NO! ha ha, we wanted to do most of the U.S and then leave the Scamp in Texas and backpack Europe, but we ran out of time! Besides enjoying the West so much, my dad was in a pretty terrible car accident, so we spent 2 months during the summer back in Texas with my family. He’s ok now, but it was a pretty horrific scare! Family crisis aside, there’s so much to see and do- we decided to enjoy ourselves and not follow a strict schedule but just travel where we want and stay as long as we want. It made everything so much more easy going.
8. How did you spend your time when you were caught in inclement weather?
Um, we kept traveling. SCARY! And maybe not the brightest idea. We actually pulled the Scamp through a blizzard near Wolf Creek in Colorado. Taylor will tell you it was the scariest time of his life driving that. Oh, that and driving the treacherous mountain roads near Durango CO. Colorado has scary roads, when it’s cold!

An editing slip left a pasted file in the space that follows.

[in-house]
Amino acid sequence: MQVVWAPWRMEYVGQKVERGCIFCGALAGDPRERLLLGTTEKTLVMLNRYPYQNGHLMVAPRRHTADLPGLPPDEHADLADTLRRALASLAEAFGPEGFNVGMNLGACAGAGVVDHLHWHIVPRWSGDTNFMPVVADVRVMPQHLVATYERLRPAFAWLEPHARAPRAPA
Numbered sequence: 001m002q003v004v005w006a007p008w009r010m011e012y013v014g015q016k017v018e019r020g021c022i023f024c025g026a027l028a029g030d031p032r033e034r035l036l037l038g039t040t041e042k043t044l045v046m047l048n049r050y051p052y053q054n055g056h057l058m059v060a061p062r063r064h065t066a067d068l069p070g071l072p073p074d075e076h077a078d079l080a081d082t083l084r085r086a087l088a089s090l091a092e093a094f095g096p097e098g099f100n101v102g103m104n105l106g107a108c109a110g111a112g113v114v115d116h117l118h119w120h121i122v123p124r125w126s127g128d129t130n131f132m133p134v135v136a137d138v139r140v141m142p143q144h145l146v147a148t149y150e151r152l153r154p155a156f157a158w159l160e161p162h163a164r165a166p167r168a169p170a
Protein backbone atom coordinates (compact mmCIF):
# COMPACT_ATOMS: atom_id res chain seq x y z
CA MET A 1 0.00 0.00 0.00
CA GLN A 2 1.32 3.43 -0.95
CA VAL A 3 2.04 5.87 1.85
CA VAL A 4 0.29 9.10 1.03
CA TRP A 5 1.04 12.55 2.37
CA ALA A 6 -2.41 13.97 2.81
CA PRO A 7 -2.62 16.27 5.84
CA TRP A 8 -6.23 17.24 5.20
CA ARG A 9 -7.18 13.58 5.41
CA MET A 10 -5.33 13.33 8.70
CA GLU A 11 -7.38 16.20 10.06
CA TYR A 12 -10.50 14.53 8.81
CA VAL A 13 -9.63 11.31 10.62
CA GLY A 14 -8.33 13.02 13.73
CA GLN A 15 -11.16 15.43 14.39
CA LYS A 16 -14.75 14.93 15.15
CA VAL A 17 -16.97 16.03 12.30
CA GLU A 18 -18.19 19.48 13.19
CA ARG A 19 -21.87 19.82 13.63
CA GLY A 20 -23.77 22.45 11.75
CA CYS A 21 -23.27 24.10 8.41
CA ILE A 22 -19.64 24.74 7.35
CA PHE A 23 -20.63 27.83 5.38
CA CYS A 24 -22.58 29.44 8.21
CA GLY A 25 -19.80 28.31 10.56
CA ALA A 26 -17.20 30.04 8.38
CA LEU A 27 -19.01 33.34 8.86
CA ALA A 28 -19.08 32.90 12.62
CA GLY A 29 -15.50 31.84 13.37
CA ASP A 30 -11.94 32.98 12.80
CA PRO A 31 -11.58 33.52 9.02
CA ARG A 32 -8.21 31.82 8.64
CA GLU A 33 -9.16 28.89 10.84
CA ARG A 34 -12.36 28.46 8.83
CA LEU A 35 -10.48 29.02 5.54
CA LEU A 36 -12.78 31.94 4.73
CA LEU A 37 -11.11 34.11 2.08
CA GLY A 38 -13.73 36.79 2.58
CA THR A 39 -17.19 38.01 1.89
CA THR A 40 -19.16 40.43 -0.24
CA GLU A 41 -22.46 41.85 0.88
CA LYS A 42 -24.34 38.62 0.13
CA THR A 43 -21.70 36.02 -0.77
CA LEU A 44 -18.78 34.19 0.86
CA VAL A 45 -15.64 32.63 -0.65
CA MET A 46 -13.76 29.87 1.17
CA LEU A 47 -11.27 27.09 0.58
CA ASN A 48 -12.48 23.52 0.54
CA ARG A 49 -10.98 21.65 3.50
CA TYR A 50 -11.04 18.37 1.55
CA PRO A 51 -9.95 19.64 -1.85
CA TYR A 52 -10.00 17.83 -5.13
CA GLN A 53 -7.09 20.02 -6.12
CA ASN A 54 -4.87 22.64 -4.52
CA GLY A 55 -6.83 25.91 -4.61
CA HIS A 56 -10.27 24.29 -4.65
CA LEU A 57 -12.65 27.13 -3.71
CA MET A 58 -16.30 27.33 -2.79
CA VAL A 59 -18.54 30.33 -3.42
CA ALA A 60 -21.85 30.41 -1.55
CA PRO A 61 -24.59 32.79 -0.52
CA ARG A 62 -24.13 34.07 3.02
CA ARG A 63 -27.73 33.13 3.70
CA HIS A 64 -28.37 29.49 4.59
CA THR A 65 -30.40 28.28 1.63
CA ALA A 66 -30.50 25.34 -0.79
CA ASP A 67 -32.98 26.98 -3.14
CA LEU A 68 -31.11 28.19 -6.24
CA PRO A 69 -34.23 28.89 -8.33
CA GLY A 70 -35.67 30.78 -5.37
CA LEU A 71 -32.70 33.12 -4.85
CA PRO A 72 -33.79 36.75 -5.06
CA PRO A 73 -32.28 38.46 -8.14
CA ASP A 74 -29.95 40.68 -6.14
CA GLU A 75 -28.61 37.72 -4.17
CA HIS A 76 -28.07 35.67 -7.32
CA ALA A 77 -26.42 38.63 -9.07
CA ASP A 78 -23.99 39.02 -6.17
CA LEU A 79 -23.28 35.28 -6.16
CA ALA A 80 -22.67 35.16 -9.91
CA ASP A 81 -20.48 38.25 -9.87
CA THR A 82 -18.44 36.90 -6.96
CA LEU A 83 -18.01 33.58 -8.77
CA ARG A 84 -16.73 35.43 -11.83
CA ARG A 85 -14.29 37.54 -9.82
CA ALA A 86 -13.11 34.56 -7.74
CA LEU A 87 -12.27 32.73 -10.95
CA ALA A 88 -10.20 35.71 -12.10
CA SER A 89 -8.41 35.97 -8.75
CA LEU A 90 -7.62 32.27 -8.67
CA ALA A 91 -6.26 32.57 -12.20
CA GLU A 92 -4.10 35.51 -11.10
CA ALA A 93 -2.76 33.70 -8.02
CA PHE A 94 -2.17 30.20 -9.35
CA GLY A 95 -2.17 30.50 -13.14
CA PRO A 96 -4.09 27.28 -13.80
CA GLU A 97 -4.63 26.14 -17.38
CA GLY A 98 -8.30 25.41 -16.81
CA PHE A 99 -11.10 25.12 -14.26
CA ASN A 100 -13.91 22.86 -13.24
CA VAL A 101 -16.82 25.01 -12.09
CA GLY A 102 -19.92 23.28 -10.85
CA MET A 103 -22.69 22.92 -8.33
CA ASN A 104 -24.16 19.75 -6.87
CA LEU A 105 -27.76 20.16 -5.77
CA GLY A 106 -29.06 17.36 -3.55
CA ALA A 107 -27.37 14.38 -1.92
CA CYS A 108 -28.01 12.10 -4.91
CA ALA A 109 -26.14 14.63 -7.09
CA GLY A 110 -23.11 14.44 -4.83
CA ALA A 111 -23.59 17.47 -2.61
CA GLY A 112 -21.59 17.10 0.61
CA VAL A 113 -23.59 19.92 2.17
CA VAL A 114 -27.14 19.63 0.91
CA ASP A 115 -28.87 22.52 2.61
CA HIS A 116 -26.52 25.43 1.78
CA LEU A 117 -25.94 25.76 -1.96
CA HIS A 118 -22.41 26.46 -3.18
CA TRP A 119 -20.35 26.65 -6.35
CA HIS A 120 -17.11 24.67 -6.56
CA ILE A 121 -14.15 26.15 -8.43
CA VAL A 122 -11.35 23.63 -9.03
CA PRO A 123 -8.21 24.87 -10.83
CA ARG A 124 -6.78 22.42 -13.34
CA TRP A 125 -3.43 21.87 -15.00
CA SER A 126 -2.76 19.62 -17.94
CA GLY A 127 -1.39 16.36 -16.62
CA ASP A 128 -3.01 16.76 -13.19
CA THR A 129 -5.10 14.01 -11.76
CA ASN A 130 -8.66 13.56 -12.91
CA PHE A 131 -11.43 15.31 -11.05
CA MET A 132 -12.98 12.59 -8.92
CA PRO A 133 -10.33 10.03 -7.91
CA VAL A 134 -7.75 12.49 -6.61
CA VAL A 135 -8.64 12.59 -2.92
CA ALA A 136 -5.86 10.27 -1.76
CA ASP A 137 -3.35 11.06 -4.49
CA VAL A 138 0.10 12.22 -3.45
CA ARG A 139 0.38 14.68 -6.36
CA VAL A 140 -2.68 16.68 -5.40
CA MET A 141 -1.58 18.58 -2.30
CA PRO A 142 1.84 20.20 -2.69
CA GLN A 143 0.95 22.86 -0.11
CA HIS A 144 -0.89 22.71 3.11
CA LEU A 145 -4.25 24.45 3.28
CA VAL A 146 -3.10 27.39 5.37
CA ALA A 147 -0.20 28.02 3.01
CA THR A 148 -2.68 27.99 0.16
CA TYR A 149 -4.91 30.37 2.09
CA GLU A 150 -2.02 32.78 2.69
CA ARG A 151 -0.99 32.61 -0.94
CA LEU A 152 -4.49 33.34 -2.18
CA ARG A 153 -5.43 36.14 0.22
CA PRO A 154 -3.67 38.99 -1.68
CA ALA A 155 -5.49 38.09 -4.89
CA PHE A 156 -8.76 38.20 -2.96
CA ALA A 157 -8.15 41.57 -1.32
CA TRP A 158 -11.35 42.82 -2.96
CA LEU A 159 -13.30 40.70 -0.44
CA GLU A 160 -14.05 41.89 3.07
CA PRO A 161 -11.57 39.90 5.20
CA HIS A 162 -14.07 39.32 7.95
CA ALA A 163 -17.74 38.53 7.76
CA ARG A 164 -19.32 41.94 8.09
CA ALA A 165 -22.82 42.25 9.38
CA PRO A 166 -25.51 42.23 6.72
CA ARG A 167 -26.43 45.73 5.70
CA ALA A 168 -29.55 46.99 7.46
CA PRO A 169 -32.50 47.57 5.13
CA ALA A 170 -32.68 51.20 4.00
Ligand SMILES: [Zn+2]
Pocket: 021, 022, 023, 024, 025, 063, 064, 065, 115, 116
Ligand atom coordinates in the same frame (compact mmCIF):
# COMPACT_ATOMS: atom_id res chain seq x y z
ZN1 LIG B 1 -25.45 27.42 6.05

9. What comforts of home did you miss the most? the least?
Did NOT miss TV, oddly enough. I mean, we watched movies some nights, but we didn’t have cable and we didn’t miss it. I missed having a bathtub- I love bubble baths! And of course, I super missed my mom.
10. Can you share your top tips for future and wannabe travelers?
If traveling with a husband/friend/other, learn to cooperate early! Traveling can be stressful when you have to share a vehicle, camp spot, schedule, etc. So work towards always pursuing peace rather than getting what you want.
Sight-seeing is great, but don’t forget to visit places where you have friends. Some of our favorite places that year weren’t because of the place but because of the people we met up with, like old friends we hadn’t seen, etc. That makes a great visit!
Be friendly wherever you go- you never know if you’re going to make a friend!
Financially, we didn’t have enough money to last the whole year, but felt like God would take care of us- and He did! But it was scary. If I had to do it again, I would have trusted so much more.